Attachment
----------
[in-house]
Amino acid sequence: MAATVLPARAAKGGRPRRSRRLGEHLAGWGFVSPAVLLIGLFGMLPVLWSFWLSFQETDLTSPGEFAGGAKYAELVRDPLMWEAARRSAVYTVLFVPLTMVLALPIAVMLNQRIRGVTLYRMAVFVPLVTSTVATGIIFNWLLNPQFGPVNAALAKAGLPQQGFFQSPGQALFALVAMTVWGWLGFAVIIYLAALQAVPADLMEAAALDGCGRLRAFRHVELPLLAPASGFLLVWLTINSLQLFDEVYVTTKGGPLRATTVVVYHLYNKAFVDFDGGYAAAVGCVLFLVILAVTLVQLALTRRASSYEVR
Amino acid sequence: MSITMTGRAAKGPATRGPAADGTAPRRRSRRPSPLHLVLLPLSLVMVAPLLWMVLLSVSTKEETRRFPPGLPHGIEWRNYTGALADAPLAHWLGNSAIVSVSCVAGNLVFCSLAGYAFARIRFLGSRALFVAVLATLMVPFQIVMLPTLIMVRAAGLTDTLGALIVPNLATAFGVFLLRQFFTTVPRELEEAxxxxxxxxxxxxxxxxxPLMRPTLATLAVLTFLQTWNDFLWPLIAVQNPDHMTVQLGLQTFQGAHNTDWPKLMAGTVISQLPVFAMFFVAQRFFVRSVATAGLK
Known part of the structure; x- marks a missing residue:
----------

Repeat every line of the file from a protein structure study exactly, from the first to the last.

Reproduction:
[in-house]
Amino acid sequence: MAATVLPARAAKGGRPRRSRRLGEHLAGWGFVSPAVLLIGLFGMLPVLWSFWLSFQETDLTSPGEFAGGAKYAELVRDPLMWEAARRSAVYTVLFVPLTMVLALPIAVMLNQRIRGVTLYRMAVFVPLVTSTVATGIIFNWLLNPQFGPVNAALAKAGLPQQGFFQSPGQALFALVAMTVWGWLGFAVIIYLAALQAVPADLMEAAALDGCGRLRAFRHVELPLLAPASGFLLVWLTINSLQLFDEVYVTTKGGPLRATTVVVYHLYNKAFVDFDGGYAAAVGCVLFLVILAVTLVQLALTRRASSYEVR
Amino acid sequence: MSITMTGRAAKGPATRGPAADGTAPRRRSRRPSPLHLVLLPLSLVMVAPLLWMVLLSVSTKEETRRFPPGLPHGIEWRNYTGALADAPLAHWLGNSAIVSVSCVAGNLVFCSLAGYAFARIRFLGSRALFVAVLATLMVPFQIVMLPTLIMVRAAGLTDTLGALIVPNLATAFGVFLLRQFFTTVPRELEEAxxxxxxxxxxxxxxxxxPLMRPTLATLAVLTFLQTWNDFLWPLIAVQNPDHMTVQLGLQTFQGAHNTDWPKLMAGTVISQLPVFAMFFVAQRFFVRSVATAGLK
Known part of the structure; x- marks a missing residue: